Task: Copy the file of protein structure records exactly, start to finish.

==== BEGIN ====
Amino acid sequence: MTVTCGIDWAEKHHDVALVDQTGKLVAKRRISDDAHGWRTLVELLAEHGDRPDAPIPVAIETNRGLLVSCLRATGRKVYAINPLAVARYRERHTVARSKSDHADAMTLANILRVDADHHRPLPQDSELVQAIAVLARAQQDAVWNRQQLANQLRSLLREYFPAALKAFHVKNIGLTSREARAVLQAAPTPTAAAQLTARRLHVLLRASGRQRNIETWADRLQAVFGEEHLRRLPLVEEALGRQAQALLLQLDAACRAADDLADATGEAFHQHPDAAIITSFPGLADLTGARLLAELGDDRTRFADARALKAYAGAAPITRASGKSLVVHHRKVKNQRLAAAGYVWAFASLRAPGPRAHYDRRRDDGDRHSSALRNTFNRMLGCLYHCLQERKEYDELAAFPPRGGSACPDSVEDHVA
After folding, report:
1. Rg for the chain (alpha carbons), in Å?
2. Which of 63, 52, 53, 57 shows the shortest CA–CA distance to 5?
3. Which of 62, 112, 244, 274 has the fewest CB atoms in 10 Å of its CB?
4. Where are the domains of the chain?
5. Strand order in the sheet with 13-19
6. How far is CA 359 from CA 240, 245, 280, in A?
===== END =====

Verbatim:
Amino acid sequence: MTVTCGIDWAEKHHDVALVDQTGKLVAKRRISDDAHGWRTLVELLAEHGDRPDAPIPVAIETNRGLLVSCLRATGRKVYAINPLAVARYRERHTVARSKSDHADAMTLANILRVDADHHRPLPQDSELVQAIAVLARAQQDAVWNRQQLANQLRSLLREYFPAALKAFHVKNIGLTSREARAVLQAAPTPTAAAQLTARRLHVLLRASGRQRNIETWADRLQAVFGEEHLRRLPLVEEALGRQAQALLLQLDAACRAADDLADATGEAFHQHPDAAIITSFPGLADLTGARLLAELGDDRTRFADARALKAYAGAAPITRASGKSLVVHHRKVKNQRLAAAGYVWAFASLRAPGPRAHYDRRRDDGDRHSSALRNTFNRMLGCLYHCLQERKEYDELAAFPPRGGSACPDSVEDHVA
After folding, report:
1. Rg for the chain (alpha carbons), in Å?
2. Which of 63, 52, 53, 57 shows the shortest CA–CA distance to 5?
3. Which of 62, 112, 244, 274 has the fewest CB atoms in 10 Å of its CB?
4. Where are the domains of the chain?
5. Strand order in the sheet with 13-19
6. How far is CA 359 from CA 240, 245, 280, in A?